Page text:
My Grandma's Herbs
Tonight I was watching someone younger than me wax poetically on Instagram about herbs and how “this is how our grandmothers would have healed people/made medicine/worked with herbs, etc.”. It sounds nice, right? We all want to be connected to something larger than yourselves so it's a good story. I used to tell this story, too. However, at some point I realized that this wasn’t true. At least it wasn’t true for my family and I kinda wonder how true it is for some of these people's families.
My paternal grandparents were city folk, and quite modern, so no herbs there. My maternal grandparents were country folk, though. Both my maternal grandparents would be 110+ this year….my grandma would have been 110 and my grandpa would have been 112. They were both born before most people had cars, electricity, central heating and indoor plumbing. My grandpa's family even used to use and breed farm horses. I did know both of them very well. They lived next door to me growing up and I spent much of my free time with them, so it’s not like I didn’t know them or only saw them periodically. We had a family farm and also a large garden so all of us worked together a lot. I learned how to garden from my grandpa but I only remember a little of it, learning it when I was so tiny. I grew up knowing it, I guess you could say.
My grandmother grew up very poor in rural Southern Ohio near West Virginia and Kentucky. She was from English stock. Nana didn’t know squat about herbs. Her mom didn’t, either, considering all my Nana ever mentioned was the doctor, who would come to deliver babies. My great-grandparents told their kids the doctor brought the new sibling in his black medical bag! I know she did know something about specialized folk healers, though. That’s who you called if you wanted a wart removed. I’d classify that as folk healing not herbalism as that involved no plants but incantations, a bacon rind and a greasy old rag. That’s folk magic, peeps.
The only thing my grandma ever picked that was wild were blackberries for pies. She thought elderberries were poisonous and told me not to eat them. My grandma knew her garden plants, though, and she knew some home remedies, usually the kind with alcohol. Got a cough? Chopped onion smothered in honey then you’d mix that liquid with bourbon. Also, bread and milk poultice for infections, splinters, etc. No herbs, though, and definitely no going-into-the-woods for remedies. According to family lore, her people once had money and lost everything in the Civil War. If that’s true, it had probably been several generations prior at least, since those people used herbal remedies. That’s what you did when you got money in the 18th and 19th centuries. You went “modern” and that meant using doctors.
My grandpa, though, he did know a bit and would dig dandelions every spring. He knew some home remedies, too (grated potato for eye problems is one remedy he used I remember). And he was really into his Absorbine liniment. His people were English, as in his dad and grandfather emigrated from England in the late 19th century. His mother was from a local farming family. I don’t know who my grandpa learned his dandelion digging from. It may have been the menfolk in his family since his parents got divorced when he was really little. He did have a stepmother but I don’t know much about what she knew or if she taught my grandpa anything. He did pass on a love of bees to me as he was a beekeeper.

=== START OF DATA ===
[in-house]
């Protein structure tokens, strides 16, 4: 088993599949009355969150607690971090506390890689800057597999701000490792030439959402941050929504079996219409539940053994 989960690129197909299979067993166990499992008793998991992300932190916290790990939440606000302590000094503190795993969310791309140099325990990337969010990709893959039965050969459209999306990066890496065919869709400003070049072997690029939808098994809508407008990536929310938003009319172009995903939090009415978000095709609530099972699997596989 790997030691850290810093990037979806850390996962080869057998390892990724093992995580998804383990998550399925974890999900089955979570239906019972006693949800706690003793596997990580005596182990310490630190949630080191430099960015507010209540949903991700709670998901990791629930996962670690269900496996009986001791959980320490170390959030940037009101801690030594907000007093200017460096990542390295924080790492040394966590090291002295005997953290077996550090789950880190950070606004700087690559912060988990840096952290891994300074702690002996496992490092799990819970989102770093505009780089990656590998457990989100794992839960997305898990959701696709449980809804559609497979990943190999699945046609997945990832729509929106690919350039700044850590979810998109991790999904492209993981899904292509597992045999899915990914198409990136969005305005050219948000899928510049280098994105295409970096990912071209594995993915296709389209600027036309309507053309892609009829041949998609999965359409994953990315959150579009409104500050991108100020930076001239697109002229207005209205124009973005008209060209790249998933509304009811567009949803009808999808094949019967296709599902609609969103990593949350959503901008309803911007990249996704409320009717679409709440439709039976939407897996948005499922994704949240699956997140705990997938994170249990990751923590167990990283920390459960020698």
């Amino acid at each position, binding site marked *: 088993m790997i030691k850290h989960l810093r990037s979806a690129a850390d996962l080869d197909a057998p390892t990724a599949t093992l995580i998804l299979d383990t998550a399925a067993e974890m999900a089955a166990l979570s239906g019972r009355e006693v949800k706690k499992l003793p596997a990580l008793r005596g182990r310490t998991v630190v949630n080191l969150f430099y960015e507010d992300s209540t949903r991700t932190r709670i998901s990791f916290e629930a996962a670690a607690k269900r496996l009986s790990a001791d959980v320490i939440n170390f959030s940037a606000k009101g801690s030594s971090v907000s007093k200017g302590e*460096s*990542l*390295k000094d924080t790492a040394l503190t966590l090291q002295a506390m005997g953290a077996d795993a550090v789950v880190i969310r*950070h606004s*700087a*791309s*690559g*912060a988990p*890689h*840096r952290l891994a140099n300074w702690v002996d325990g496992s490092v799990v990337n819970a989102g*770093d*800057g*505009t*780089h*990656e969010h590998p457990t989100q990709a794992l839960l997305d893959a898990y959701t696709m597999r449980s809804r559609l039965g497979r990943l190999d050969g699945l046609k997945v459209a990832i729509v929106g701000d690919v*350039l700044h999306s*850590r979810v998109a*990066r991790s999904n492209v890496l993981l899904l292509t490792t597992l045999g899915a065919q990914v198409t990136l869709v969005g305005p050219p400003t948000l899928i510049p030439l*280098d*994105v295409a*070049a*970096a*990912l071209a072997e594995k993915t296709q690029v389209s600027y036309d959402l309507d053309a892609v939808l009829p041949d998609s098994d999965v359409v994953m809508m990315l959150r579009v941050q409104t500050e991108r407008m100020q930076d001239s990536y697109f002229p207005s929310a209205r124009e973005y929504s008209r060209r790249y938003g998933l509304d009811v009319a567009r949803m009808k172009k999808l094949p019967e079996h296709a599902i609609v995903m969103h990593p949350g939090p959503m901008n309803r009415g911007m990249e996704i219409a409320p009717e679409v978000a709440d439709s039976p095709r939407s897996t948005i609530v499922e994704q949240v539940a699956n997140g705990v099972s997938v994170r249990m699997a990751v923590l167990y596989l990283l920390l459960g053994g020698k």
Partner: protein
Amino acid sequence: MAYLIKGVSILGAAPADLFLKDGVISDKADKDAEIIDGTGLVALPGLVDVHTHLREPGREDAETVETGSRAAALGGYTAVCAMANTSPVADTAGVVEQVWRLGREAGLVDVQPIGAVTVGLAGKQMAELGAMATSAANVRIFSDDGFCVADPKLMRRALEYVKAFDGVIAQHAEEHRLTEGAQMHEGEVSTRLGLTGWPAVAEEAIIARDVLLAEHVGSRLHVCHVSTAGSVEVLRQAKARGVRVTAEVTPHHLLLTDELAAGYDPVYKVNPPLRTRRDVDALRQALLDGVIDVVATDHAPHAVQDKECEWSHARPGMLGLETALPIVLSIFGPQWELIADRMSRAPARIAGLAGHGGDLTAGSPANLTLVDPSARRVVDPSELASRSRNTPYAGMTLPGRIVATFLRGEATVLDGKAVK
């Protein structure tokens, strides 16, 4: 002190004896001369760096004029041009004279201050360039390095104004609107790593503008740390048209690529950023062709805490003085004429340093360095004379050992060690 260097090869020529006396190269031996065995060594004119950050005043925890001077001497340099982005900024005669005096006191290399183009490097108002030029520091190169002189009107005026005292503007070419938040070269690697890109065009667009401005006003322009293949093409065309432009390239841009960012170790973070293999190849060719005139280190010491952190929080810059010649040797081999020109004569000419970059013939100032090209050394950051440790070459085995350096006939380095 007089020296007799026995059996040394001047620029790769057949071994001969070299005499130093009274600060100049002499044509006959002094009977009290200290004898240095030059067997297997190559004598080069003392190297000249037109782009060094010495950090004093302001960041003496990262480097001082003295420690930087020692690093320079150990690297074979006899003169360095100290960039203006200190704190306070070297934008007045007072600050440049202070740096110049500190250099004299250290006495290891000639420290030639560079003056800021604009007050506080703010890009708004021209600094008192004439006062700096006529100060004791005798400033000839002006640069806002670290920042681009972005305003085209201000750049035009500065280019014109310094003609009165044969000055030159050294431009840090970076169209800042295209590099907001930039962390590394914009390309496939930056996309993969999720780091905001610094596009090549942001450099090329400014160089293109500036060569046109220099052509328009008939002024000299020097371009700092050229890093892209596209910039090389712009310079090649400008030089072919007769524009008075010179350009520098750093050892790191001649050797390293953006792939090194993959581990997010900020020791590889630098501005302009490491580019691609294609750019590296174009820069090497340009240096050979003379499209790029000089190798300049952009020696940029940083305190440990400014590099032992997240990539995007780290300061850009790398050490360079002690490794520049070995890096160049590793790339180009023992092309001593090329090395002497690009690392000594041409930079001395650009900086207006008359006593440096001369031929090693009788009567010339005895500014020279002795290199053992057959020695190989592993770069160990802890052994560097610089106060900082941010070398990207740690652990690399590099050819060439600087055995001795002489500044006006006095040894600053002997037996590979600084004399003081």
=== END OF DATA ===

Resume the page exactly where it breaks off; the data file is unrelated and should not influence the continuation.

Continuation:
That’s the extent of the family herbal knowledge going back over 100 years that was passed on to me: dandelion greens in the spring and a few home remedies.
I could tell you now that on the family farm, growing as weeds, they still have burdock, yarrow, dandelion, two kinds of plantain, poke weed, elderberries, milkweed, wild garlic and more. I learned all those from my herbal teachers and books. I had no idea what burdock was called when I was a kid, even though I got covered in them every fall.
So, maybe for some people, learning herbs is bringing back what their grandmother’s knew. Just not mine. I could say, and often do, that I’m tapping into the tradition of my Ancestors when I work with plants. That might be more accurate. My grandma wouldn’t even teach me to darn socks (“You will never need to do that”, she’d say). I have a feeling she’d be a bit mortified at what I do, being both an herbalist and non-Christian spiritual healer, as she was a pretty devout Methodist. She’d probably be really freaked out by all these witch-y connotations some herbalists keep making about what everyone’s grandmothers did. She’d probably also wonder why in “Sam’s hill” I wasn’t just going to the doctor.
So I can’t say my grandma used to do this or that with herbs. And I don’t practice my grandma’s herbalism because she didn’t have any. I practice my own kind of healing, which involves plants because they call to me. I don’t know about other people’s grandmas, and if they did use herbs like in the stories their granddaughters tell. Perhaps it’s time for all of us to think about the stories we tell, if they’re true and if they need some re-telling. Maybe herbalism itself needs a new story. But in all actuality, I think we need to stop telling stories. They get written down and become static; they can be true or not. I think it’s time to sing, sing a song and weave a new world. One of beauty, grace, integrity and harmony. One that’s ours and belongs to us, not our grandparents.